Treasure Beach is located within the parish of St. Elizabeth,
known island-wide for having the friendliest and hardest working people
found anywhere in Jamaica. The sign welcoming visitors to the parish states, "In this parish we work, not shirk". This well-deserved reputation derives
from a work ethic instilled in generations of farmers and fishermen and
is one more way in which Treasure Beach is set apart from the rest of the
The Hardest Working Parish in JA
|Even the landscape of Treasure Beach is distinct. We
are known as the desert coast of Jamaica because we have the least amount
of rainfall on the island. This lack of precipitation is due to the natural
barrier provided by the Santa Cruz Mountains to the east. Many visitors
have made the comment that this area reminds them of the savannahs of East
Africa. The closer you come to Treasure Beach the more you see flat plains
with fields of low scrub grass, a variety of cacti (some reaching several
feet tall), acacia trees, and lignum vitae trees. Worth noting is the lignum
vitae, found in few locations around the world (and only on the south coast
in Jamaica) because they survive in a dry, arid climate. Its small purple
blossom is Jamaica's national flower and many people use the leaf for rubbing
on cuts and insect bites.
|| (For an "insider's view" on the area, check out Don Noel's book, Near a Far Sea, in the Eat and Play section)
The desert south coast
|The first residents of Treasure Beach were the Tainos
Indians, coming to Jamaica around 700 AD. The Tainos were small in stature
averaging five feet in height, with light brown skin and broad faces. One
interesting fact about the Tainos was that they felt a pointed skull was
something to be proud of and, therefore, used to bind up a babys head
using two wooden boards on either side ensuring the desired results. Tainos
were peaceful and non-materialistic believing in community living where
women gather the food and men fish and hunt. They were skilled potters,
carvers, weavers, boat builders, fishermen, and farmers. As a result of
the large population of Tainos which settled in the Treasure Beach area
around 1494 AD it is possible to go for a walk through a meadow and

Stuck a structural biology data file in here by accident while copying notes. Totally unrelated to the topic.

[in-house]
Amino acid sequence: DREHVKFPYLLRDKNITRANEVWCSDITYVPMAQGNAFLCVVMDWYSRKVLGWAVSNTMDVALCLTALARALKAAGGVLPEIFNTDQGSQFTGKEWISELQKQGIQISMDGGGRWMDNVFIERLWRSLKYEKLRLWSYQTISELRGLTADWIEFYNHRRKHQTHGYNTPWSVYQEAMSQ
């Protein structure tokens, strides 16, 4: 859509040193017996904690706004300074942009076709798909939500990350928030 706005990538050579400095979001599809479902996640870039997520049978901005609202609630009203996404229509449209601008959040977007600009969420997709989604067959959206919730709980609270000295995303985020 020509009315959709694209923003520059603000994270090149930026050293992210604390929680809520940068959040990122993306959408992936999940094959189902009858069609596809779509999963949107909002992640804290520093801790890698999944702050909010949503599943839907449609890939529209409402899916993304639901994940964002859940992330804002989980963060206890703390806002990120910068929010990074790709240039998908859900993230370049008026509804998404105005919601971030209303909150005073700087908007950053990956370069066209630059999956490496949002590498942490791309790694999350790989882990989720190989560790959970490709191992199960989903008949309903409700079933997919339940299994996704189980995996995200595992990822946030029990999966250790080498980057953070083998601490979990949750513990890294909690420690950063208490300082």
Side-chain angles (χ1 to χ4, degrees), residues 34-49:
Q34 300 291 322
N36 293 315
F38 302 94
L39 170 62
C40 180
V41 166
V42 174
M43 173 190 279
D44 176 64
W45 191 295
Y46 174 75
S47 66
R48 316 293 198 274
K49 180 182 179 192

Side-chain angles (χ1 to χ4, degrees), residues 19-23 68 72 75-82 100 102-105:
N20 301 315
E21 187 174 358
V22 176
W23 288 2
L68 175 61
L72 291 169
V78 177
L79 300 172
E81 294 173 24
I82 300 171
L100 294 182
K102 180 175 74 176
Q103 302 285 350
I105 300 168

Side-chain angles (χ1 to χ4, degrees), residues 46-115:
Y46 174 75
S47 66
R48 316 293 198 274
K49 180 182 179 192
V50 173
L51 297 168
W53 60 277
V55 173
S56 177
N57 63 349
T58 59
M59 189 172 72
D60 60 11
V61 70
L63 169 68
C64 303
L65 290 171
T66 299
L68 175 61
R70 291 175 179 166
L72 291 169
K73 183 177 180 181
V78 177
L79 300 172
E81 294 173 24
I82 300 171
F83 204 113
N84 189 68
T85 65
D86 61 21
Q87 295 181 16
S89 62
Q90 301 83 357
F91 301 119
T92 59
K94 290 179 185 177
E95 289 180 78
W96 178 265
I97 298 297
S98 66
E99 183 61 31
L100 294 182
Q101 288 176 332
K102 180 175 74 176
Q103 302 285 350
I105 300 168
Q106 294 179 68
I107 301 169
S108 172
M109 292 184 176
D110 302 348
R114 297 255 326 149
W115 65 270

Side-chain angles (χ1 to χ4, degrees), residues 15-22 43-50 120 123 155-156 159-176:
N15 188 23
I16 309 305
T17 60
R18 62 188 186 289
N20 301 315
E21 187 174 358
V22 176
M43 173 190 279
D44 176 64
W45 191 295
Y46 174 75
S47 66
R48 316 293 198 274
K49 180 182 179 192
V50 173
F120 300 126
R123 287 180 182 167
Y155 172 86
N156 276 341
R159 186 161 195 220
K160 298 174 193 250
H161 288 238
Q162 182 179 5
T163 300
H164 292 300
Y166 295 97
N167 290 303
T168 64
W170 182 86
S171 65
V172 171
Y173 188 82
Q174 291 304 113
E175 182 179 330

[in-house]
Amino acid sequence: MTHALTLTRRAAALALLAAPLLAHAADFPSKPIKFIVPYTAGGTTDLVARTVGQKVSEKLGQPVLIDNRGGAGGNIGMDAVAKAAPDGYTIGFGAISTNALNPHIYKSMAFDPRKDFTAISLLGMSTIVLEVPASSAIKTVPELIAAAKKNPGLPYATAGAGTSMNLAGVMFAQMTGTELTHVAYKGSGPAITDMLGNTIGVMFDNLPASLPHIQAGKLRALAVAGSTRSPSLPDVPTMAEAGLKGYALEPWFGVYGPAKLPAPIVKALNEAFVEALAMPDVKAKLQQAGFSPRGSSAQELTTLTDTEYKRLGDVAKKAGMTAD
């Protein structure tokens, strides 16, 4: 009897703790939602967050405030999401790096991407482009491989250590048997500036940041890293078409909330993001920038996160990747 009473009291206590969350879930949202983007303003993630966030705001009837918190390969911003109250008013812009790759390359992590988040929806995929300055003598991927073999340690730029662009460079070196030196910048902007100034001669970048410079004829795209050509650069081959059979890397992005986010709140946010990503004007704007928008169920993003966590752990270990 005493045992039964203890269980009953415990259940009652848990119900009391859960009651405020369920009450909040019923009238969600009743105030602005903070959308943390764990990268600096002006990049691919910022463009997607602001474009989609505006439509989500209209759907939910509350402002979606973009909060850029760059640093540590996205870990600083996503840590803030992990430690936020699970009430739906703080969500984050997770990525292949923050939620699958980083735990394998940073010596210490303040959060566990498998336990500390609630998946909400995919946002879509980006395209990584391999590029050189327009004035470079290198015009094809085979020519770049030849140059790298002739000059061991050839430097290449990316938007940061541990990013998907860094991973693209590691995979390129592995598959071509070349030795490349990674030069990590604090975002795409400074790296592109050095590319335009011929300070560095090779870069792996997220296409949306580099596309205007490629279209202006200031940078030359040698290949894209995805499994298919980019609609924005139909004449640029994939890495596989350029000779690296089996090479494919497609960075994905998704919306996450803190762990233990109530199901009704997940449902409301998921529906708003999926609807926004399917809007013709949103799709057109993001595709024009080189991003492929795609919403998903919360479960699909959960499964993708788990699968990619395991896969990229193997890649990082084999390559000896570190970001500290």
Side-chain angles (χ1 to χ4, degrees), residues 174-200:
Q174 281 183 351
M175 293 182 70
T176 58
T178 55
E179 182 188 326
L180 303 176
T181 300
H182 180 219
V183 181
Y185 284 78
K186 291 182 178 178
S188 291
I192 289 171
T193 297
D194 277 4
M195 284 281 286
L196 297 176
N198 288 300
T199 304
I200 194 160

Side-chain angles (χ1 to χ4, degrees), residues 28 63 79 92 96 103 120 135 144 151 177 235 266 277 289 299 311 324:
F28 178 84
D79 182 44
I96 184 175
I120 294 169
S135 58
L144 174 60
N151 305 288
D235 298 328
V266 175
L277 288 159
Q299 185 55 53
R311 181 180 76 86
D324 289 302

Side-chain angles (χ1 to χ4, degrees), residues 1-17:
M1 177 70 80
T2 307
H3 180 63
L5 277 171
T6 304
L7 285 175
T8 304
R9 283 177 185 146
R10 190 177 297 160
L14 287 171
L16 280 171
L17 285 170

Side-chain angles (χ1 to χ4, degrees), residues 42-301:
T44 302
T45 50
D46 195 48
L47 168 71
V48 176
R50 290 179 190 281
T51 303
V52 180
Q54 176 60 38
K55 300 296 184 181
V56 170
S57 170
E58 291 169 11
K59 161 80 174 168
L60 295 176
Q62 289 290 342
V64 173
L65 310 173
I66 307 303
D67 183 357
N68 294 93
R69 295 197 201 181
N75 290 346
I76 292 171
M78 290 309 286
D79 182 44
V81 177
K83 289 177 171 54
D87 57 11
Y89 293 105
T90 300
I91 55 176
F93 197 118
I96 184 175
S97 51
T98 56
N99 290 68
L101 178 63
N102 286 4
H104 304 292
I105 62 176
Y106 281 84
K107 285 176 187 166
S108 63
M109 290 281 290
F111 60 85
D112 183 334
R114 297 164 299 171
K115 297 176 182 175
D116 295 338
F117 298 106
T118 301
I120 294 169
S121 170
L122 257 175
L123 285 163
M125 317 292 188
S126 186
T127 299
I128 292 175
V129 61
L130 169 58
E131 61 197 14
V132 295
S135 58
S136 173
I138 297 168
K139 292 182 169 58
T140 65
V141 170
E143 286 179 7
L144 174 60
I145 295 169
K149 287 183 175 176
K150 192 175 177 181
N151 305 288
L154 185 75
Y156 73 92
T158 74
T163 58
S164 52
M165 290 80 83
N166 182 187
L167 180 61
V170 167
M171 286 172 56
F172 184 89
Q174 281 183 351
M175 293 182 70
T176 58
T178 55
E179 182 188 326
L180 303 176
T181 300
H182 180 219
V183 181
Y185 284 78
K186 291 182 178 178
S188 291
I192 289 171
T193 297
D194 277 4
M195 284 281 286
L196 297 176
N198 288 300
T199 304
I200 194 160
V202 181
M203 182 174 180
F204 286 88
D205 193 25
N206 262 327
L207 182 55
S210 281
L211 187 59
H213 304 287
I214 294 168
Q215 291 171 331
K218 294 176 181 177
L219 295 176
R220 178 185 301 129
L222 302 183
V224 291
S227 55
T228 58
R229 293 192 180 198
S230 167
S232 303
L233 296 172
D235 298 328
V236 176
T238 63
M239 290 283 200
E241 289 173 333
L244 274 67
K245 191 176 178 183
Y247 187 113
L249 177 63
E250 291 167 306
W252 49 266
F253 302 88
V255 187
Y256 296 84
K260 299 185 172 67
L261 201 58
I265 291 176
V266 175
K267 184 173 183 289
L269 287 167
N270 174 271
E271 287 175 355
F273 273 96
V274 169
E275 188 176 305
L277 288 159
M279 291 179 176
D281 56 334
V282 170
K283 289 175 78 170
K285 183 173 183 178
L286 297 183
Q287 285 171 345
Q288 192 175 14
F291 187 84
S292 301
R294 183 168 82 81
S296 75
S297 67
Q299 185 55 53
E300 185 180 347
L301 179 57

find bits and pieces of Taino pottery lying on the ground (especially after
a hard rainfall). Unfortunately, when the Spanish "discovered"
Jamaica they captured and enslaved the Tainos who perished due to their
deplorable treatment. It is said that some were able to escape in boats
and made it to parts of the Americas (including south Florida) where small
Taino communities are still found today. Some Taino words you may be familiar
with are canoe, hammock, hurricane and tobacco.
Taino artifacts found in Treasure Beach
by Ted Tatham
|Fishing is the major industry in Treasure Beach. Talk
to any longtime resident and they will tell stories of several generations
of fishermen dating back 200 years. The fishermen today still use both a
seine net and traps (or pots) for catching their fish, but their vessels
have changed from a wooden "dugout canoe" --carved from a large cottonwood
tree-- to a cottonwood and fiberglass boat propelled by a 40 HP engine.
Many make their living on the Cays, a few small sand spit islands surrounded
by fertile fishing banks located 60 miles off Jamaica's South Coast, only
coming home to visit a few times a year. When a boat comes in after a day
at sea, the beach fills up with local residents checking out the catch of
the day. We encourage you to take part in this event and watch the colorful
fish, lobster, crab, etc. being unloaded, weighed, sorted, iced and sent
out in trucks for sale across the island. Talk directly to the fishermen
if you want to take some home for dinner.
Fishing done much as it was 200
years ago. Courtesy of Lee Weitzman
|Farming is the area's second biggest industry. In spite
of its low rainfall, St. Elizabeth is nicknamed "The Bread Basket of Jamaica"
because they supply more fruits and vegetables to the rest of the island
than any other parish. The drier climate has led to the use of "mulch farming"
--laying a thick layer of guinea grass over the planted field keeping in
the moisture-- and planting low-water crops such as watermelon, scallion,
and onion. Local irrigation typically consists of several 55 gallon drums
filled with water and a bucket for watering individual plants. When driving
through the area, take advantage of the many farm stands set up along the
side of the road and purchase some of their fresh fruits and vegetables.
In Treasure Beach watch for the famous "donkey ladies" and vegetable trucks
selling fresh produce daily.
Farm land of St. Elizabeth
| The history of Treasure Beach would not be complete
without telling the tale of a Scottish ship sinking off the coast in the
mid-1600 s. The survivors swam to shore and settled in the area. The inevitable
intermixing with the local population has led to the prevalence of residents
with light skin, blue and green eyes, and blond and red hair. Across the
island they are instantly recognized as "brownin's" or "red men" from Treasure
Beach. All we know is it makes for some truly beautiful people!
A Red Man of Treasure Beach